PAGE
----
- A survey of 1,000 likely 2020 voters conducted by the National School Boards Action Center found a majority of voters across the political spectrum would not vote for a candidate in favor of taking away public school funds to fund private, religious and home school educations.
- A majority of Democrats (66%) and a significant number of Republicans (43%) as well as Independent voters (49%) agree charter schools should be required to follow the same rules and regulations as public schools. Almost two-thirds of those surveyed, including a majority of Democrats and a little less than half of surveyed Republicans, said funding for public schools should be increased, but less than half (41%) of the voters overall said school funding would be a deciding factor in their vote.
- Among top priorities for voters were addressing school safety and teaching students real-world skills, followed by improving teacher quality and training, and funding.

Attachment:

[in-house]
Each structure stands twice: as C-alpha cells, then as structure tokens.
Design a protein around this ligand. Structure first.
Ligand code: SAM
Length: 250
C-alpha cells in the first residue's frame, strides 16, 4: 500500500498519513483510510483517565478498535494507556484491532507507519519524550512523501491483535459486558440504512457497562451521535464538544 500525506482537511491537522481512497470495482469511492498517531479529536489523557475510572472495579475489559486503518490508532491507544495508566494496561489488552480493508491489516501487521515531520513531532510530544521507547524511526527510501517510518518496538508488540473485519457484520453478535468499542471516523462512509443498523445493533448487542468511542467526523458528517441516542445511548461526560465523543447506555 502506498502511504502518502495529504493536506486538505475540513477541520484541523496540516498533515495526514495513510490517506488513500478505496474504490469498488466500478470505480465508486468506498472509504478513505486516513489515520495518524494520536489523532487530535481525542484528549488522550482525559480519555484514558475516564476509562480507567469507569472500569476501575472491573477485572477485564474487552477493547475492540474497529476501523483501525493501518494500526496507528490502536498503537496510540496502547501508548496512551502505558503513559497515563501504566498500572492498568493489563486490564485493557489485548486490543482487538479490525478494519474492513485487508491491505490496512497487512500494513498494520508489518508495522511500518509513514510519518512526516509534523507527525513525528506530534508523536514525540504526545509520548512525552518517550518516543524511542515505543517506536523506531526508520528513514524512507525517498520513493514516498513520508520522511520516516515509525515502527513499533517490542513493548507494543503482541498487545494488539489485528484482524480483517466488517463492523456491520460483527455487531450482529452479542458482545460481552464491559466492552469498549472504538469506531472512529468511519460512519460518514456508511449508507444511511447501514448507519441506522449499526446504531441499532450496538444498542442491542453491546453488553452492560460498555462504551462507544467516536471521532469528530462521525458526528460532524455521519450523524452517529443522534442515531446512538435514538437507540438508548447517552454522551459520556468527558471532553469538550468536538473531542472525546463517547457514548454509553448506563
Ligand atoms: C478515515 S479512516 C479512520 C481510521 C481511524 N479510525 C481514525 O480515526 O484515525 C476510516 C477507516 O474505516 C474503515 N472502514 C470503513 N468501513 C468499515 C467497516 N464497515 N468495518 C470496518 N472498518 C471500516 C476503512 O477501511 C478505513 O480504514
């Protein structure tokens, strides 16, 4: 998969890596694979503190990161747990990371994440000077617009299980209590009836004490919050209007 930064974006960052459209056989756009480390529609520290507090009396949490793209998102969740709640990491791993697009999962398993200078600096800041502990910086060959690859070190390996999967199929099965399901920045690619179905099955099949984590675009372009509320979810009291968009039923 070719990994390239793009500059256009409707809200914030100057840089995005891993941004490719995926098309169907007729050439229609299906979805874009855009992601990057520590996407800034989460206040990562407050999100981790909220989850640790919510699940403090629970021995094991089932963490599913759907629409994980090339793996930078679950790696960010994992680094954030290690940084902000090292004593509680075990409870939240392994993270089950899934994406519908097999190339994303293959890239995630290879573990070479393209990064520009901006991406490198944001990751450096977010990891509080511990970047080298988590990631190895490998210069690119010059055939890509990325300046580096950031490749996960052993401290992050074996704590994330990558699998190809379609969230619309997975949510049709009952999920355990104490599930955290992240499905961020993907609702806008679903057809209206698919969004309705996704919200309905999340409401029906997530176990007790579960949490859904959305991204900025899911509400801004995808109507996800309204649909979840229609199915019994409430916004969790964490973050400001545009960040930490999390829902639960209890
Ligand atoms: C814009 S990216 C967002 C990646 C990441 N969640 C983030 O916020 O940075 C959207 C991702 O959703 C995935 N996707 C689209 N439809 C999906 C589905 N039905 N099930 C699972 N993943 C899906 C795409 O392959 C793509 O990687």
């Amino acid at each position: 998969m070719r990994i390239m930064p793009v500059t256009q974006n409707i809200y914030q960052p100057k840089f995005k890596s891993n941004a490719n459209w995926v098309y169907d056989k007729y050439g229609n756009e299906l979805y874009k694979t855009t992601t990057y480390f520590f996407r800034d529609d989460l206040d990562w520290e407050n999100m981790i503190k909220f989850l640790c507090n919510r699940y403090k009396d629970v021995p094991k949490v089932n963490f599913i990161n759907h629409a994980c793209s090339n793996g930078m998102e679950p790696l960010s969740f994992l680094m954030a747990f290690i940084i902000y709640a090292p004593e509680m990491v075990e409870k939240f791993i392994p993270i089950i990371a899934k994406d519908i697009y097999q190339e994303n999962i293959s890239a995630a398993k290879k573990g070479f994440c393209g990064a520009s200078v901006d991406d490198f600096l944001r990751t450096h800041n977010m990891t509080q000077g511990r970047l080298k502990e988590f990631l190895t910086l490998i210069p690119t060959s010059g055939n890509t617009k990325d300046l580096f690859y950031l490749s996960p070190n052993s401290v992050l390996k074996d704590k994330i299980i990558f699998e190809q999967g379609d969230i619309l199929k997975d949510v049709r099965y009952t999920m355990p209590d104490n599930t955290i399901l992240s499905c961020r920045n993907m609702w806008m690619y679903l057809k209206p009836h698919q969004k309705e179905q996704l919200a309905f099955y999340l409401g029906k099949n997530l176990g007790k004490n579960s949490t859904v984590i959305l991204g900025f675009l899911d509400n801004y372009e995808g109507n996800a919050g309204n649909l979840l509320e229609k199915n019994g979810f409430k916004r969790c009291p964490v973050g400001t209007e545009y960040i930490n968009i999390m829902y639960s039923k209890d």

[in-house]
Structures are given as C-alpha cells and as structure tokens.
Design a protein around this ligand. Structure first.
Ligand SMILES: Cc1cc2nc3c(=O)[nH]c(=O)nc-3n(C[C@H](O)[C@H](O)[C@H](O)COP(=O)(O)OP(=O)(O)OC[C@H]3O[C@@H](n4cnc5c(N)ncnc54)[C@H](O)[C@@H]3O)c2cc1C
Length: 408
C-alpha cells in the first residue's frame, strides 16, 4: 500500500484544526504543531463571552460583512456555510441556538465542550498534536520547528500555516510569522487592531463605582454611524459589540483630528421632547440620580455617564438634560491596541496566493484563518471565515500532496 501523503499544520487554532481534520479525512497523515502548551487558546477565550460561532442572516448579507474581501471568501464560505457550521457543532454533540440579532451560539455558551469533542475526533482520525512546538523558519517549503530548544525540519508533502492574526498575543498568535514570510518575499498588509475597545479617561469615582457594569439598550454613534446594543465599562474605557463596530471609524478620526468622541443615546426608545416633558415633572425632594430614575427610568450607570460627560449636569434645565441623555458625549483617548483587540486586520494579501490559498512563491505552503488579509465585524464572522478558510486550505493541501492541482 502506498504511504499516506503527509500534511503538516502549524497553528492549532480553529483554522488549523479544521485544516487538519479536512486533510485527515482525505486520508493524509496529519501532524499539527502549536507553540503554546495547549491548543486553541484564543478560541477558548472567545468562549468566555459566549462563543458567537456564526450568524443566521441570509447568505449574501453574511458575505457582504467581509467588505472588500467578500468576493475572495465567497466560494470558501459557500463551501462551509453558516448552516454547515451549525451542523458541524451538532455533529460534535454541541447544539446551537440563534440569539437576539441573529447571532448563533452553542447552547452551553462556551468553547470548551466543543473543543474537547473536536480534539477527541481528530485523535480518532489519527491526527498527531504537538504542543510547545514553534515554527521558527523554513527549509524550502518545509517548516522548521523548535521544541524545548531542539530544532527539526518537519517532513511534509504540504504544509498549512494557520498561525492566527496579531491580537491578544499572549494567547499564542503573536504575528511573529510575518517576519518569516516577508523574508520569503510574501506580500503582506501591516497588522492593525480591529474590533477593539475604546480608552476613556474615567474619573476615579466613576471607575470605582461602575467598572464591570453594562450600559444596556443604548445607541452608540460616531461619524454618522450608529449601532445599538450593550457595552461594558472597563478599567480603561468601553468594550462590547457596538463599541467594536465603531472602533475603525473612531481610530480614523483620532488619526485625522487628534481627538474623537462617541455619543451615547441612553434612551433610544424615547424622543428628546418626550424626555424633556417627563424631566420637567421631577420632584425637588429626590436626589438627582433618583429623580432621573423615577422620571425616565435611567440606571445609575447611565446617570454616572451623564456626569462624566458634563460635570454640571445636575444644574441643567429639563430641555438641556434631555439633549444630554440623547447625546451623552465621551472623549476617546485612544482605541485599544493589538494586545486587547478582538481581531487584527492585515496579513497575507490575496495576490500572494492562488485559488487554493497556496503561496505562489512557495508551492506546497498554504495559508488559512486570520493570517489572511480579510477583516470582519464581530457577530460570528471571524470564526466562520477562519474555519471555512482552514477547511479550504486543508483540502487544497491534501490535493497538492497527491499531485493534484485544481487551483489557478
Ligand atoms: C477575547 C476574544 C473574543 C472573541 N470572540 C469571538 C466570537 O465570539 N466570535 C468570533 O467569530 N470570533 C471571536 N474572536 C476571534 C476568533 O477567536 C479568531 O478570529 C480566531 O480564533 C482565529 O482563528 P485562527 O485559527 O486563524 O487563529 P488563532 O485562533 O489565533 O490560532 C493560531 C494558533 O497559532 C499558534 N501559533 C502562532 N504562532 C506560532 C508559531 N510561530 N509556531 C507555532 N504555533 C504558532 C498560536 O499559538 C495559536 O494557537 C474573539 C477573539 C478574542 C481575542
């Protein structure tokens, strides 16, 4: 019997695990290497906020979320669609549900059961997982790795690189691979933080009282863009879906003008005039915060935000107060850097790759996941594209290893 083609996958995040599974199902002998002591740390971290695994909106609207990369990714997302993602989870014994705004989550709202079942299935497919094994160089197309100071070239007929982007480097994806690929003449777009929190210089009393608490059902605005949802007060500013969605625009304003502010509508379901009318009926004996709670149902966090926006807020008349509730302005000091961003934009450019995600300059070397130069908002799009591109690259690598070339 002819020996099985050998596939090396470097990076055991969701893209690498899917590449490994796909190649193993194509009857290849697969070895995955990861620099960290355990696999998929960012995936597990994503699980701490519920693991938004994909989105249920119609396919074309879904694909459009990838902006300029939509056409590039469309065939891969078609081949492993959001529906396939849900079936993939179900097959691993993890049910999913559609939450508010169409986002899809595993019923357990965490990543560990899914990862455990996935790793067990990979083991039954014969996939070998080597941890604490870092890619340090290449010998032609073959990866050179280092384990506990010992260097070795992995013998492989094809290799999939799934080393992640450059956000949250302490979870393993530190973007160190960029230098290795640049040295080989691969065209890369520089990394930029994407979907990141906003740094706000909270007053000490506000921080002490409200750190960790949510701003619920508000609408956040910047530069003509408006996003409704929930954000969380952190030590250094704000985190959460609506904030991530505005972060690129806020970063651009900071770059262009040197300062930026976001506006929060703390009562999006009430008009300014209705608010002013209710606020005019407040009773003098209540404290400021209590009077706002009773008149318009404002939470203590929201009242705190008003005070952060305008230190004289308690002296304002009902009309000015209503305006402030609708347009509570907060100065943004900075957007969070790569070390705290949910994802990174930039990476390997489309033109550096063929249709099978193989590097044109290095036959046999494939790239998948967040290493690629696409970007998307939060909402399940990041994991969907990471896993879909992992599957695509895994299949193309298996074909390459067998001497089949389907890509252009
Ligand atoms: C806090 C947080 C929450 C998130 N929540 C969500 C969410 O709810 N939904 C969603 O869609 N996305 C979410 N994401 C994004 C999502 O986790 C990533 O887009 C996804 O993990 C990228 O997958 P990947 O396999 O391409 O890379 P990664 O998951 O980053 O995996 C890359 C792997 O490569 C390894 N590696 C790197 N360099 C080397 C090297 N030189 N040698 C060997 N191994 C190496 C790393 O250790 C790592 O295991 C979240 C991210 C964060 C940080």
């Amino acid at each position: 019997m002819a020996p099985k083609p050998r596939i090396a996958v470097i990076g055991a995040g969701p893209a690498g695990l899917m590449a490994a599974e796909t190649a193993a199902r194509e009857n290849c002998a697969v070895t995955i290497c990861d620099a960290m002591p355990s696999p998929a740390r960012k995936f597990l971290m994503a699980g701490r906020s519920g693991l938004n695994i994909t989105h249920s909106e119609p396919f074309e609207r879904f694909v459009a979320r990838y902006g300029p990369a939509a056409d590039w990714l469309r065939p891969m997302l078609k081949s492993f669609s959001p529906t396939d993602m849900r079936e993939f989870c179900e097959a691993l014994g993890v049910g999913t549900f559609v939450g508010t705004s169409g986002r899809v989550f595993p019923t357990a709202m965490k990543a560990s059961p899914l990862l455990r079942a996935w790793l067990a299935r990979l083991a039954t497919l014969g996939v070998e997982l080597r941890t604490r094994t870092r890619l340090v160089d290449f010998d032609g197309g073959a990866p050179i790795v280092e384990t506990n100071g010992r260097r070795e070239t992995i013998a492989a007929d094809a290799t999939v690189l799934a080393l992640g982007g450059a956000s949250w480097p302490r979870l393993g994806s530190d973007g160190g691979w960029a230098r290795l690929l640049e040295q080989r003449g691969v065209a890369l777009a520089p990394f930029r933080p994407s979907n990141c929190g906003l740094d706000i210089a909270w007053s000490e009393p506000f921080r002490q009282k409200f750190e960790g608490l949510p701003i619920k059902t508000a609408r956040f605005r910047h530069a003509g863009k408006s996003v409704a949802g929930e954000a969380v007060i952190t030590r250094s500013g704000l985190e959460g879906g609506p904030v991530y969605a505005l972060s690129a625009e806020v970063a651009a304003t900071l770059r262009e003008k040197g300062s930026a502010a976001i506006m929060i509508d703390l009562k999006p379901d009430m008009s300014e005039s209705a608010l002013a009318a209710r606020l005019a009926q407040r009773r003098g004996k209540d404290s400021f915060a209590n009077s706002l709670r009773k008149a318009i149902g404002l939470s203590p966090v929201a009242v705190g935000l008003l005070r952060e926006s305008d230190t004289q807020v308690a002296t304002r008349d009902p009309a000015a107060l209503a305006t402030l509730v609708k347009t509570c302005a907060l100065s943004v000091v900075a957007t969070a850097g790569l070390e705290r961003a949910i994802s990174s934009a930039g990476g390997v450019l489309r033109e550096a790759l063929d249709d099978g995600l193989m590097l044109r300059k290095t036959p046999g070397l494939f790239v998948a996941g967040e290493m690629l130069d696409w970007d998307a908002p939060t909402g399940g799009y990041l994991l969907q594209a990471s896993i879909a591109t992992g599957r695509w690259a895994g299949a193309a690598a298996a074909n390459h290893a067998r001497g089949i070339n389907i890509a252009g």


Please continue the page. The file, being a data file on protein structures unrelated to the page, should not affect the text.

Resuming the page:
Notable from the results were not where Democrats and Republicans diverged, but that support for keeping public funding in public schools, rather than expanding it for private and religious schools, crossed the aisle.
Chip Slaven, chief advocacy officer for the National School Boards Action Center, said while results suggesting bipartisan support for increased public school funding "weren't shocking" considering growing trends already pointing in that direction, he was "pleasantly surprised" with how strong the support was.
"The world has changed from where it used to be," Slaven said, pointing to other issues in public education that have brought opposing parties together in the past few years, including efforts to increase teacher pay and adequately prepare students for the changing workforce. "People are starting to see the need and the importance of their local schools — and for those to be successful, public education in general needs to be successful."
Another area of strong public support, Slaven pointed out, was addressing the connectivity gap and its effect on rural schools. Not only should 2020 candidates address equity in access to technology, Slaven said, but they should also address related policy areas such as infrastructure and budgets that influence technology availability for all students.